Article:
“What To Do When Your Child Gets Sick” Multiple independent studies have shown that giving parents a copy of the easy to read book, What To Do When Your Child Gets Sick, and training them how to use it at home to care for their child's minor ailments and injuries led to: 57-61% reduction in ER Visits 39-56% decrease in doctors/clinic visits 43-60% fewer missed school days by children due to illness or injury 41-47% less work days missed by parents due to child's illness
“What To Do When Your Child Gets Sick” One study that included parents on Medicaid also showed that the reduced hospital ER visits saved more than $550 per family annually.
In Wisconsin In Wisconsin Recent projects with Head Starts and Childcare Providers in Northwest WI 643 parents 1090 children 71% felt that the book helped them deal with a health care problem at home instead of calling a hospital or clinic 62% felt that the book helped them deal with a problem at home instead of going to the Emergency Room (ER) or Urgent Care
What is in the book? The book covers the management of more than 50 common childhood illnesses, injuries, and health problems. It is written in easy-to-read language for parents and caregivers of children from birth to 8 years of age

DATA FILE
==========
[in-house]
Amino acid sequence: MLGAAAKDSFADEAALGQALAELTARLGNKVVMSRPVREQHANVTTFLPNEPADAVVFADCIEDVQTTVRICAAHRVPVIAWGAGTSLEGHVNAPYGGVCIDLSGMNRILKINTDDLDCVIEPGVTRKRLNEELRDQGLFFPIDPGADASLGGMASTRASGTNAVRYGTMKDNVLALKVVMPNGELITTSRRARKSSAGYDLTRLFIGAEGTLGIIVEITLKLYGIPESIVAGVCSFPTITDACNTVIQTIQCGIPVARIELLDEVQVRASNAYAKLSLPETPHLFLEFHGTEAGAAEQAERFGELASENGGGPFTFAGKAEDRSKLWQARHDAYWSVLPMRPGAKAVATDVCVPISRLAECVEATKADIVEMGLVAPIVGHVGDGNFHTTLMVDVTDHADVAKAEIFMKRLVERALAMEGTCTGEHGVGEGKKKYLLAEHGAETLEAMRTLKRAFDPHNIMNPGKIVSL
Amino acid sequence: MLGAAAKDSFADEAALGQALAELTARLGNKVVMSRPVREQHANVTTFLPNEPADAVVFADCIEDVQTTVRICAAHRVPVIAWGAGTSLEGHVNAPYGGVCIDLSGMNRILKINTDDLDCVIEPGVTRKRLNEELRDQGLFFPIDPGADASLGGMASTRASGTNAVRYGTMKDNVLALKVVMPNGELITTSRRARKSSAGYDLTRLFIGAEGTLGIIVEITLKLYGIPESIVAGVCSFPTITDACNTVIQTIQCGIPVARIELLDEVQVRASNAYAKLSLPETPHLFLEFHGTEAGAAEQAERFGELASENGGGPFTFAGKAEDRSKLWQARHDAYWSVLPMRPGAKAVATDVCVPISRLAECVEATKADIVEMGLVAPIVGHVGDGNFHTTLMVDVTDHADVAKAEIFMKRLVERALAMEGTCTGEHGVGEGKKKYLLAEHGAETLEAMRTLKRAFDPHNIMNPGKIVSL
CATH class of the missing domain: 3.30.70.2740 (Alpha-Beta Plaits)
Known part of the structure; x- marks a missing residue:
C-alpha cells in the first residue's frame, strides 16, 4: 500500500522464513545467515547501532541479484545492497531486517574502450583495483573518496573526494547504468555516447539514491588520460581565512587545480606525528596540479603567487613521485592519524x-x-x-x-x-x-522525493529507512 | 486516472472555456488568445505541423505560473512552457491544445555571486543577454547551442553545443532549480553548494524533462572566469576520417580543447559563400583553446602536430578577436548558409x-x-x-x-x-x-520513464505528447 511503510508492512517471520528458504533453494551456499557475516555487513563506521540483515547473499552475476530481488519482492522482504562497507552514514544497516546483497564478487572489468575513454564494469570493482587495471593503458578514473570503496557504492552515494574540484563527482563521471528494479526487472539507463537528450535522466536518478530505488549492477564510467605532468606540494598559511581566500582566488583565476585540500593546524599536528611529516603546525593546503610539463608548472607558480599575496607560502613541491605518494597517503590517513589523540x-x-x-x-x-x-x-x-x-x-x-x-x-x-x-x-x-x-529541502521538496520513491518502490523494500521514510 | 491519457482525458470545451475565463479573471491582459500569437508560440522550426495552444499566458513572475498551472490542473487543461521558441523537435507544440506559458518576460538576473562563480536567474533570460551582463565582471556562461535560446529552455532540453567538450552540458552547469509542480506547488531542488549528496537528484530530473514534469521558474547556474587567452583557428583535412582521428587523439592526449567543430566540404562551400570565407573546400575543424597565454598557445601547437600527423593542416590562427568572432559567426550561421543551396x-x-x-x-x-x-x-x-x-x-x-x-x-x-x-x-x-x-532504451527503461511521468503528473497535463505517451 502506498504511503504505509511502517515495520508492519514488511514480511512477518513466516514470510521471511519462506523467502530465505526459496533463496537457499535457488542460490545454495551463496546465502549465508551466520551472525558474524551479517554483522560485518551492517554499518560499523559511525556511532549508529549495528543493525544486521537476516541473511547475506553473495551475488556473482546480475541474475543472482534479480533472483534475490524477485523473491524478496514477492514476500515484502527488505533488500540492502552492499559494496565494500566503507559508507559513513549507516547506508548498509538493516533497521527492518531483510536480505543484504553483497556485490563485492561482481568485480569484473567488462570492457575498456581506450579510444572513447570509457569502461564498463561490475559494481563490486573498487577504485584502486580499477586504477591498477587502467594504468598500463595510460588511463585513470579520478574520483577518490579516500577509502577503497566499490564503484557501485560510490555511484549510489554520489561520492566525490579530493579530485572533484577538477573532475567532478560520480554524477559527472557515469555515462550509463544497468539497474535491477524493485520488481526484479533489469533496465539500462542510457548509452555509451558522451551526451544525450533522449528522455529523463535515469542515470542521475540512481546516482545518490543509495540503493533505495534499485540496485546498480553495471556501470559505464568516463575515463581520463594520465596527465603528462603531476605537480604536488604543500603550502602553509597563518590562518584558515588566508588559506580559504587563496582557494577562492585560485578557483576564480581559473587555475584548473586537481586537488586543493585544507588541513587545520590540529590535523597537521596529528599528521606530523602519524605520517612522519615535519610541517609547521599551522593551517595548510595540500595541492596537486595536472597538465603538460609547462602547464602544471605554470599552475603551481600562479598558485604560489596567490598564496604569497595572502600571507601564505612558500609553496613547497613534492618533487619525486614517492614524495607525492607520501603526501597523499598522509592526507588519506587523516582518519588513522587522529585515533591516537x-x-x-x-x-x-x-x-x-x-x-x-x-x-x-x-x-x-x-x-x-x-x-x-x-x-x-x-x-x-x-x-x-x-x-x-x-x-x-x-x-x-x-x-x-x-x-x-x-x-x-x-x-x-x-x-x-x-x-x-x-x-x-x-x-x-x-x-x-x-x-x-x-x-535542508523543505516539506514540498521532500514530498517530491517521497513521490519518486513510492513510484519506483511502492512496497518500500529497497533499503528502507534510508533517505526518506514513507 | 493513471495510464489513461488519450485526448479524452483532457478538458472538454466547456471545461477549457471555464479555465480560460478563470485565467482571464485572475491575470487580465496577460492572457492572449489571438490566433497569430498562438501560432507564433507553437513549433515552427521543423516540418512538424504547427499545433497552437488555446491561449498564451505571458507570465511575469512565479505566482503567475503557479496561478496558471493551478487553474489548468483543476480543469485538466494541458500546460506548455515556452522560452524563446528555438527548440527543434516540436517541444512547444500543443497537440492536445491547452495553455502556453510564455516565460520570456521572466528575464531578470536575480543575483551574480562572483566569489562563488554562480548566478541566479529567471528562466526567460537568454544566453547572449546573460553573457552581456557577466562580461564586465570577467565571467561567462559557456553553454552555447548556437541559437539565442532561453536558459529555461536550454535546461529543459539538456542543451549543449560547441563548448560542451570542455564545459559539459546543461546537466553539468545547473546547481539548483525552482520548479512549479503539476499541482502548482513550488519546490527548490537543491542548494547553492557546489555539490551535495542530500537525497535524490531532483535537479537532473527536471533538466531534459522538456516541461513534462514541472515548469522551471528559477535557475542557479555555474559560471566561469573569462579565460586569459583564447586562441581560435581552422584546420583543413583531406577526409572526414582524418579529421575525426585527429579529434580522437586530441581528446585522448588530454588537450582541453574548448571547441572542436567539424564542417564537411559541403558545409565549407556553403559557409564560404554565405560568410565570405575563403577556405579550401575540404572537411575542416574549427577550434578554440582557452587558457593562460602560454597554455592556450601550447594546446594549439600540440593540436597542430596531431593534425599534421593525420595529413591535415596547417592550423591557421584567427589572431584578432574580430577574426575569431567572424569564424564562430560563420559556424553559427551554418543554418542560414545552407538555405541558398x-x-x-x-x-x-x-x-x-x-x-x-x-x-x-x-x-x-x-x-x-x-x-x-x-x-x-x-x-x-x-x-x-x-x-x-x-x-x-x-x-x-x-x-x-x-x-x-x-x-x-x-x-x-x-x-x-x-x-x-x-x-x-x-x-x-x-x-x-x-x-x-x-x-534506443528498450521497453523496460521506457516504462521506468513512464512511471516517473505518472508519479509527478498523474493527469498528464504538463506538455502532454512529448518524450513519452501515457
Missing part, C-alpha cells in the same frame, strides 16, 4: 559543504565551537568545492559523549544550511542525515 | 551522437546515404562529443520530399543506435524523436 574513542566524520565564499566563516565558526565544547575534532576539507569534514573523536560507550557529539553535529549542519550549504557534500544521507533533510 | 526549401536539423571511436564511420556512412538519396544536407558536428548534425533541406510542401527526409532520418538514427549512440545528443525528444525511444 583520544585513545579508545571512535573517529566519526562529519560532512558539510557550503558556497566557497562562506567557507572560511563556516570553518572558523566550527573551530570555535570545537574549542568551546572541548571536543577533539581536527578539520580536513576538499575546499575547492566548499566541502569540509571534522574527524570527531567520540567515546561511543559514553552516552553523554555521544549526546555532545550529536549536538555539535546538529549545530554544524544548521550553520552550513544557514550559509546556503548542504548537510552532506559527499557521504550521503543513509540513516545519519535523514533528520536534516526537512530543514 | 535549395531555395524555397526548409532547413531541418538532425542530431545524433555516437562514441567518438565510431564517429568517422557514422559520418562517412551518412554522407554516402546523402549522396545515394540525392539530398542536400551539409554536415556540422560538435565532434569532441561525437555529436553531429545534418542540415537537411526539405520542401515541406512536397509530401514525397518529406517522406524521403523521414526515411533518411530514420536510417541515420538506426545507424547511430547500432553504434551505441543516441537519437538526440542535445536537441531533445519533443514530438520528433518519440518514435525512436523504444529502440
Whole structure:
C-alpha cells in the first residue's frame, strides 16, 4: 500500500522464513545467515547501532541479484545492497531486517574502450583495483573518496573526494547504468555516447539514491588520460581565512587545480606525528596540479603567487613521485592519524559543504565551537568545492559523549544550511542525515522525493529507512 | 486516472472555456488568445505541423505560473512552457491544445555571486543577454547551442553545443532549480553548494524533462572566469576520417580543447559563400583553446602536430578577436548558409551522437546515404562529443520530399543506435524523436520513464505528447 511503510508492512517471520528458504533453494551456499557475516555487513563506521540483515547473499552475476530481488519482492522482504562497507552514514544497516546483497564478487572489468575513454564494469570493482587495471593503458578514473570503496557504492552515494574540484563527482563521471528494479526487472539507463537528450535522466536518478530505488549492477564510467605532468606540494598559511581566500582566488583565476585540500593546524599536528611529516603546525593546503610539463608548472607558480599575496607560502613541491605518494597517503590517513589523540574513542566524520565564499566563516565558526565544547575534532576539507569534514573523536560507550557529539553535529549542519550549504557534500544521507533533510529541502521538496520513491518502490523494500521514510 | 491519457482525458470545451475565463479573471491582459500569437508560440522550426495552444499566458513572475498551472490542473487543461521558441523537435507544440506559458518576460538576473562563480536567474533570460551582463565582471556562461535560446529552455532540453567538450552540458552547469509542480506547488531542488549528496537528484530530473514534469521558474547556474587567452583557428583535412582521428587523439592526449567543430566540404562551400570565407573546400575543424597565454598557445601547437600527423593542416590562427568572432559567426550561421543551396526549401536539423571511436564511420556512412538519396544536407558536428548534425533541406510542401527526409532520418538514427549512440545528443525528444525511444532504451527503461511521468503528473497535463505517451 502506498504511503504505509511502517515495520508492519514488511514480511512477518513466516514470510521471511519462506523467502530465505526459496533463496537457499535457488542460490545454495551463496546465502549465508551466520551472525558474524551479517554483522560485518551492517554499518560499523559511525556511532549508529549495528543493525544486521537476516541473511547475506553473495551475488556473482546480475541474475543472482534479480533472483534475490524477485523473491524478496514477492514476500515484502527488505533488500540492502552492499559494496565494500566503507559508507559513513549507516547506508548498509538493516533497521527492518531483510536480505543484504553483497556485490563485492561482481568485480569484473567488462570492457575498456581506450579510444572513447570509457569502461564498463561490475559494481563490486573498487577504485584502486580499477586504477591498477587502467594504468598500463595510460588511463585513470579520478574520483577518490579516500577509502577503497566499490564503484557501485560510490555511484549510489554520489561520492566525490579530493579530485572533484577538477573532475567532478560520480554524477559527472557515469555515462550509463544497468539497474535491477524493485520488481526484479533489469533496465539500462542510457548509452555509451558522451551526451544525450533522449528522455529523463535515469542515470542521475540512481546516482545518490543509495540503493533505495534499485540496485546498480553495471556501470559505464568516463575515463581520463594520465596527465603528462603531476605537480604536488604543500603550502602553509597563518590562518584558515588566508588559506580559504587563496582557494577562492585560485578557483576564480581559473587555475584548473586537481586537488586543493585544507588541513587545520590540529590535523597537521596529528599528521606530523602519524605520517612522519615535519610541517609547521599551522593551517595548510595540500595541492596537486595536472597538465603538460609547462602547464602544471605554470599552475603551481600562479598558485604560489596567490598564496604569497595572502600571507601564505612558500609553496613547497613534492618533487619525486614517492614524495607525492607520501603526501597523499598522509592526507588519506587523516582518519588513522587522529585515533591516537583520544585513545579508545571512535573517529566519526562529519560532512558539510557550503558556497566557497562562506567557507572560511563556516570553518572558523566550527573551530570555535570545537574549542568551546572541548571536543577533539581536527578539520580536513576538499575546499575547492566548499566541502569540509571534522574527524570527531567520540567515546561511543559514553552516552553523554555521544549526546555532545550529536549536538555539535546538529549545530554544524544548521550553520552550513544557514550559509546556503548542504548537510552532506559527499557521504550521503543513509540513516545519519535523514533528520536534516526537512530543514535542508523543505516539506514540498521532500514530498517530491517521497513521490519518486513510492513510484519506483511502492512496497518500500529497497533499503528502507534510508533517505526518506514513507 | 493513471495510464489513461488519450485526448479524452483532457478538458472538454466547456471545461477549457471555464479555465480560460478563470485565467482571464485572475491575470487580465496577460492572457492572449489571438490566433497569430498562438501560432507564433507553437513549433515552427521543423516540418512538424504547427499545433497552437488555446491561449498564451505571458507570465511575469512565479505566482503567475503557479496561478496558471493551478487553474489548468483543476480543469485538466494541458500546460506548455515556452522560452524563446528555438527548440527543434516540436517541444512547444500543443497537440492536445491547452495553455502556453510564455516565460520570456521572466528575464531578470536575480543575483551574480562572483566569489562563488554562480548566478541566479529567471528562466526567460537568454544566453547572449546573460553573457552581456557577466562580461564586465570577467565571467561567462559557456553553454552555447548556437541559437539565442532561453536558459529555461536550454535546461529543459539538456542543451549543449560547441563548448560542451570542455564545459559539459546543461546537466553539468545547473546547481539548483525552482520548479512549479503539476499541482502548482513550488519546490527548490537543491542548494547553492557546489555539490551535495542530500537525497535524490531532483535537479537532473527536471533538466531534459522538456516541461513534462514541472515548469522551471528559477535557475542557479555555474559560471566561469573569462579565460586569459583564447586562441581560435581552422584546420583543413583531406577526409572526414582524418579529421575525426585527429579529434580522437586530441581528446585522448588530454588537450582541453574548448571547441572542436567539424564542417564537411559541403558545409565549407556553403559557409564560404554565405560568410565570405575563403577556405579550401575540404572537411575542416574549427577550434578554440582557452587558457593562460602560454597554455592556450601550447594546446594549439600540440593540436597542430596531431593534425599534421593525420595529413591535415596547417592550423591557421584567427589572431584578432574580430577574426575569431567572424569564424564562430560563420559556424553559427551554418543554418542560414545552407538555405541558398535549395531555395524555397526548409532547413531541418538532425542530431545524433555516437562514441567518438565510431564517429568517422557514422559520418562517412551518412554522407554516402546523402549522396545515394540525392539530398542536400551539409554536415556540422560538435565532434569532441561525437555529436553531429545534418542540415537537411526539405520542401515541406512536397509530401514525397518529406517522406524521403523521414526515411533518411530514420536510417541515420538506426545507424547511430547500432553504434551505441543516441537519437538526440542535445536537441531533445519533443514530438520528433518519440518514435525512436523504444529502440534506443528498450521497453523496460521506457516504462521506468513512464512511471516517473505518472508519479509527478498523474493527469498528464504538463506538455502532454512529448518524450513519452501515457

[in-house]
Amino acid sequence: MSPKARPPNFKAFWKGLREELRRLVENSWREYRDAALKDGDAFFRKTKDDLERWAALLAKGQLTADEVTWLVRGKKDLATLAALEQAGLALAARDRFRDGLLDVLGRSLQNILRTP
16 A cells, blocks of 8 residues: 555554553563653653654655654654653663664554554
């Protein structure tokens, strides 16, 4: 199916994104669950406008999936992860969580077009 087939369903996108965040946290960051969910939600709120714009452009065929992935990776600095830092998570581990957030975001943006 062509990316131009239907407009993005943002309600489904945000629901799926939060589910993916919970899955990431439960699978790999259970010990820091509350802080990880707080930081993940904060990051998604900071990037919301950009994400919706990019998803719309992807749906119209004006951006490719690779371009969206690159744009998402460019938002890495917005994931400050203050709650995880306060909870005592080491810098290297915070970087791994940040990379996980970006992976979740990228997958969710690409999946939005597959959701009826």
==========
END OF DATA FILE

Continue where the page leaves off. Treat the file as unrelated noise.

What is in the book? For each condition, the following questions are answered: What is it? What do I see? What can I do at home? When do I call the doctor or nurse? What else should I know about it?
Distribution Distribution Surveys revealed that those who were introduced to the book and not just handed it, were more likely to use it. What do you do with a book that you are given? Why would you go back to that book? What can you do to make it a “Go To” resource?
After the book has been given to parents with a short introduction After the parents have had a chance to use the book (2-3 months after distribution), conduct the survey located online https://www.surveymonkey.com/s/WhatToDo Survey. https://www.surveymonkey.com/s/WhatToDo Survey
Who will answer my questions? Margarete Cook Allison Machtan http: //www.healthliteracywisconsin.org